The author deconstructs and reconstructs the three core themes of knowledge (what Earth Intelligence Network calls public intelligence), territoriality, and authority. In all three instances, intelligence and ethics play huge roles. He devotes a chapter to the destabilization of knowledge (not “owned” by anyone), the hybridization (his word, very important) of authority, and the deterritorialization of nature (or recognition of reality 101).
Throughout the book I see clear evidence that the author is current with ecological economics, true cost, cradle to cradle, and the many other green to gold ideas, and what he is bringing into play here is a theory of gaming–of institutionalizing roles that states have ignored, or blending hybrid alliances, etcetera.
I am pressing ahead to the conclusion but see throughout the book a connection between legitimacy and shared knowledge or knowledge agreed to be in common, i.e. valid. This is hugely important and applies to every aspect of water governance. See Max Manwaring’s edited work, Environmental Security and Global Stability: Problems and Responses.
In his concluding chapter, alone worth the price of the book and naturally “cutting to the chase,” the author addresses:
01 Acknowledging social conflict associated with environmental issues, rather than papering over it (IPCC) or mis-labeling it as ethnic conflict (India et al)
02 Establishing a global dispute resolution authority. While the International Tribunals are by no means the right model, I can clearly see how a hybrid regional organization that is intelligence (decision-support) driven could allow the UN and others to “Deliver As One” while addressing all ten threats across all twelve policies regardless of who is paying or doing what. INTELLIGENCE IS THE KEY–PUBLIC INTELLIGENCE.
03 Citing Ronnie Lipschutz, he describes an emergent system that sounds to me like Panarchy–everyone has a voice, all of the complexities are brought forward, diversity and respect and dignity are paramount. The Native Americans called this “seventh generation thinking.”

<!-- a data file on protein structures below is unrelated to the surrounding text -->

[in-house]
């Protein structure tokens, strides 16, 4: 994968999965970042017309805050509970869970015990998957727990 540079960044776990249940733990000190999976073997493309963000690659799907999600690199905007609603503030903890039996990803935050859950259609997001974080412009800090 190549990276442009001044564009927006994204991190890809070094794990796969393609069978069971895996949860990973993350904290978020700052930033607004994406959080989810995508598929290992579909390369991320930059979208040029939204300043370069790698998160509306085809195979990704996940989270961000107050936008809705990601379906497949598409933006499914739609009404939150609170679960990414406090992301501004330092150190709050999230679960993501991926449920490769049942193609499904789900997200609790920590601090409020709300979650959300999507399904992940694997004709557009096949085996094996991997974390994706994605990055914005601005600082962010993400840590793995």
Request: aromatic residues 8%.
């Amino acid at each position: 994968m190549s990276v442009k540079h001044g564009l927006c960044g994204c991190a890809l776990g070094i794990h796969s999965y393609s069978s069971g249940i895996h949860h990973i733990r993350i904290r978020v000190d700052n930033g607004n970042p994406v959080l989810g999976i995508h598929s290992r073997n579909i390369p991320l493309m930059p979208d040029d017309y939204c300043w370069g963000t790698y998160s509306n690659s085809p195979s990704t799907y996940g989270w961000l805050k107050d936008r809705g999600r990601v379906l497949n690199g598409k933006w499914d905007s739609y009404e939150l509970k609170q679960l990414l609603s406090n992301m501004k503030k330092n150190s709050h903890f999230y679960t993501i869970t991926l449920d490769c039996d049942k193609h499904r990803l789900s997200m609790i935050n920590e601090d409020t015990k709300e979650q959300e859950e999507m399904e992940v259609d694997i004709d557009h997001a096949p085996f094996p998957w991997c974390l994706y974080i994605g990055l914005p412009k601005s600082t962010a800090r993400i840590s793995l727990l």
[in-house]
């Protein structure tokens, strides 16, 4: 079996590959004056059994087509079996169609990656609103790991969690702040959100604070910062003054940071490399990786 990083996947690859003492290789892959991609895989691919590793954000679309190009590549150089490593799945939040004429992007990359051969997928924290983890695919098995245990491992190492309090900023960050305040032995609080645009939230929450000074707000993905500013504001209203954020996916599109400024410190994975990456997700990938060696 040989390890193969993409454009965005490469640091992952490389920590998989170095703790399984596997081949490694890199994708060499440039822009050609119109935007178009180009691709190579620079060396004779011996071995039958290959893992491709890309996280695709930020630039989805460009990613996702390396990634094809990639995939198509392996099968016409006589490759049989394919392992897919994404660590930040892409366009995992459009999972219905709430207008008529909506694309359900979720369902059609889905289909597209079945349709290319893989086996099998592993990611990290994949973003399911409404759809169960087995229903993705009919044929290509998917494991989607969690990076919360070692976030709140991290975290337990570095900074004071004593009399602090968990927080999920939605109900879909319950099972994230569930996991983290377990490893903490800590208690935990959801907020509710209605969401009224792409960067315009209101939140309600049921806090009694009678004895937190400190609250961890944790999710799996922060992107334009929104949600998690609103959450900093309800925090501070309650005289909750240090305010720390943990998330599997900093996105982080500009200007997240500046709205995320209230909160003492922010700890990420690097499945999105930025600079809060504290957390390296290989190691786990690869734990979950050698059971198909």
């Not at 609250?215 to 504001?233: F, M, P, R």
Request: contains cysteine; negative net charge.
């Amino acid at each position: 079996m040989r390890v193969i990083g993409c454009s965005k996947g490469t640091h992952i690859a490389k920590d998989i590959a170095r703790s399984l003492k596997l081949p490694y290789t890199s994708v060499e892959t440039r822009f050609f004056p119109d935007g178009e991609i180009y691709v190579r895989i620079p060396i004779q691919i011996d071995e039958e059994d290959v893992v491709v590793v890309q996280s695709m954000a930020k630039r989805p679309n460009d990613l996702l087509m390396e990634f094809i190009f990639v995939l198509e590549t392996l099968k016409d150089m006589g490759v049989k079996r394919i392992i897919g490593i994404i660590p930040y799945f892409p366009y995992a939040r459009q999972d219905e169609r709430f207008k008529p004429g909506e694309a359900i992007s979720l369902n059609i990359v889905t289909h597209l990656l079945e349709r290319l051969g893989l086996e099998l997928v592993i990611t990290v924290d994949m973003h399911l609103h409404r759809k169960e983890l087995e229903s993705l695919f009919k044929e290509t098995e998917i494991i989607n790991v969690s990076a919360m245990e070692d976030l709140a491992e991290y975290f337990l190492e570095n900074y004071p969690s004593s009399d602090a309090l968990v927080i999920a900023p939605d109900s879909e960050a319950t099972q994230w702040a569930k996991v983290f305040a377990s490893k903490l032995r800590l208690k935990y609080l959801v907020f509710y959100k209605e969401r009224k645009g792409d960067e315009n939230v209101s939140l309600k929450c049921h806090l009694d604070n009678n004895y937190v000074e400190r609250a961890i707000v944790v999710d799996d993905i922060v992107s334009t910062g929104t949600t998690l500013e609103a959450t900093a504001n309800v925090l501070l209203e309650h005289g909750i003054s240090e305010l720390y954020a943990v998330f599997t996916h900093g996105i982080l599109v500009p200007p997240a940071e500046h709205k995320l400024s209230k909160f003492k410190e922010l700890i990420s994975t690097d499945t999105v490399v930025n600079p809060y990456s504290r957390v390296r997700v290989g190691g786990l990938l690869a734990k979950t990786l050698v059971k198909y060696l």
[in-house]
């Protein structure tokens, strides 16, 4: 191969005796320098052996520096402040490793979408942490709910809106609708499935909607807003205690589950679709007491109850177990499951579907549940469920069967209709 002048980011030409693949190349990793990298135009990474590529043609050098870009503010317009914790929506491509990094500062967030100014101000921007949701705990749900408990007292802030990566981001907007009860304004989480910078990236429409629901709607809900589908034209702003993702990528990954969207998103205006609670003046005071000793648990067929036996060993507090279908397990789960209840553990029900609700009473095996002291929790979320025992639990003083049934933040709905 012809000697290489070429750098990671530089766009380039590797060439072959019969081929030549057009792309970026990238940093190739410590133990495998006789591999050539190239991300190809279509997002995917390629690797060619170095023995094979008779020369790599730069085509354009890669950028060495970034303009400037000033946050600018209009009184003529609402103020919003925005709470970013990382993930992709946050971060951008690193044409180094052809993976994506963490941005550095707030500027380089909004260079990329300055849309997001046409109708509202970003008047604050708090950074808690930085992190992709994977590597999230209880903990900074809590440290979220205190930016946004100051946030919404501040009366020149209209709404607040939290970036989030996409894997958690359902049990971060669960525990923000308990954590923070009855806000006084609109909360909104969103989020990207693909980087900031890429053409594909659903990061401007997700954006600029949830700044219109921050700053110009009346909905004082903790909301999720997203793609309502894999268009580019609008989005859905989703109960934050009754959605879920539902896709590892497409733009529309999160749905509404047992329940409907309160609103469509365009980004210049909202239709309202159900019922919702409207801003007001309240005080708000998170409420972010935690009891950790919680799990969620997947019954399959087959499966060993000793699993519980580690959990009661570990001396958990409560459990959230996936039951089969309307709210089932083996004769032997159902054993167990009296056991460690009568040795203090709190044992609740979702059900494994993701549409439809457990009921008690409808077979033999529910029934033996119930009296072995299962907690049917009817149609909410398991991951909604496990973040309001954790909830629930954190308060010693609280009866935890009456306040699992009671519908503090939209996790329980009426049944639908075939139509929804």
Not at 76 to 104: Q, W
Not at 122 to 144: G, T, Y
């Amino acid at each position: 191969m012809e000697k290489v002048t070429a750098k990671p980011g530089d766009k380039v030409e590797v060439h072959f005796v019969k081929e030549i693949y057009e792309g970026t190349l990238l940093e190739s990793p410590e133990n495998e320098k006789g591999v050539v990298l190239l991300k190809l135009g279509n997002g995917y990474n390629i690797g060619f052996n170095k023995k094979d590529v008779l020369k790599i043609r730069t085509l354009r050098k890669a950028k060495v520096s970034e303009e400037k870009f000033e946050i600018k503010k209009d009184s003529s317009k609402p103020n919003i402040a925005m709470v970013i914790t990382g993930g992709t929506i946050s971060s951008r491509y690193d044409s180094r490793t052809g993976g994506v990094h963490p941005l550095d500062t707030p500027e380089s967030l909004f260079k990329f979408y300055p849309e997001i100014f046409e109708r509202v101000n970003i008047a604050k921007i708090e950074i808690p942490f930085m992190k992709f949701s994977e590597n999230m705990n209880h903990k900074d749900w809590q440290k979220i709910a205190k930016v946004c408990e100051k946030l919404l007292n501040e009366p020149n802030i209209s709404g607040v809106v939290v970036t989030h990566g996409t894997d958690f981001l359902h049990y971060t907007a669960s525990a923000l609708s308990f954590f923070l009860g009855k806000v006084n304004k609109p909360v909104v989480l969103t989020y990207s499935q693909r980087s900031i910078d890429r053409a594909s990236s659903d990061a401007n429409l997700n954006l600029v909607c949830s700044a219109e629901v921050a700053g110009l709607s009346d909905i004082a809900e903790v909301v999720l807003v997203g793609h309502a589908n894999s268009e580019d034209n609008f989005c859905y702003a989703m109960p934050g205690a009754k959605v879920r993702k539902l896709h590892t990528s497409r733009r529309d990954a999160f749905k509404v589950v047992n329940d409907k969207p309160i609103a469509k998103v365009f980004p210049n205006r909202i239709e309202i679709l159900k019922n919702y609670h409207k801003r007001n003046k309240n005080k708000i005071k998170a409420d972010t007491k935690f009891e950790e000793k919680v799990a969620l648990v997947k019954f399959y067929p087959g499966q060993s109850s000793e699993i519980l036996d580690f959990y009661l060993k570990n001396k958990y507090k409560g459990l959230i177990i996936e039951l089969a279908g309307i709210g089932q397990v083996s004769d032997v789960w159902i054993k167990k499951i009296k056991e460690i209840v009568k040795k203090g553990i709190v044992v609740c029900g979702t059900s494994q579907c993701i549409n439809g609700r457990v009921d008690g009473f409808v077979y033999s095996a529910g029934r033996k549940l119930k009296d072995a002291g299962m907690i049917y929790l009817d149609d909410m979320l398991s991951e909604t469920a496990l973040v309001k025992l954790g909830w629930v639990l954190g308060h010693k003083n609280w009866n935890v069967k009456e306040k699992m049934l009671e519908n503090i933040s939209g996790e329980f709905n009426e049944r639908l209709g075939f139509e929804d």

In his concluding two pages he brings up the term “politics by other means” and I find that absolutely fascinating. To me it means a rejection of the two-party or one-party tyranny’s that subvert so many countries, and the emergence of participatory budgeting and Open Everything (see my brief by that title at Phi Beta Iota). He diplomatically slams political science for equating regimes, institutiions, and states, and generally calls for a broadening of the governance model to include all humans with access to all information all the time. I’m putting the last bit in, but we are clearly on the same track.
I cannot do this book justice in the time I have. It is a graduate level text that precocious under-graduates could handle, and it is continuing education for under-imaginative policy and political and economic leaders. It could easily be read multiple times, but I will content myself with concluding that this author is one mind that cannot be ignored.
First off, am really starting to pay attention to Right Livelihood, the Alternative Nobel that seems to avoid really big mistakes that have characterized the Nobel Peace Prize in recent decades (Kissinger to Obama). I first learned of this award when Herman Daly, conceptualizer of Ecological Economics, spoke at one of my conferences, and now I am going to look into this and post a listing of recipients at Phi Beta Iota, where all my reviews can be easily exploited across 98 distinct categories, something not possible here at Amazon.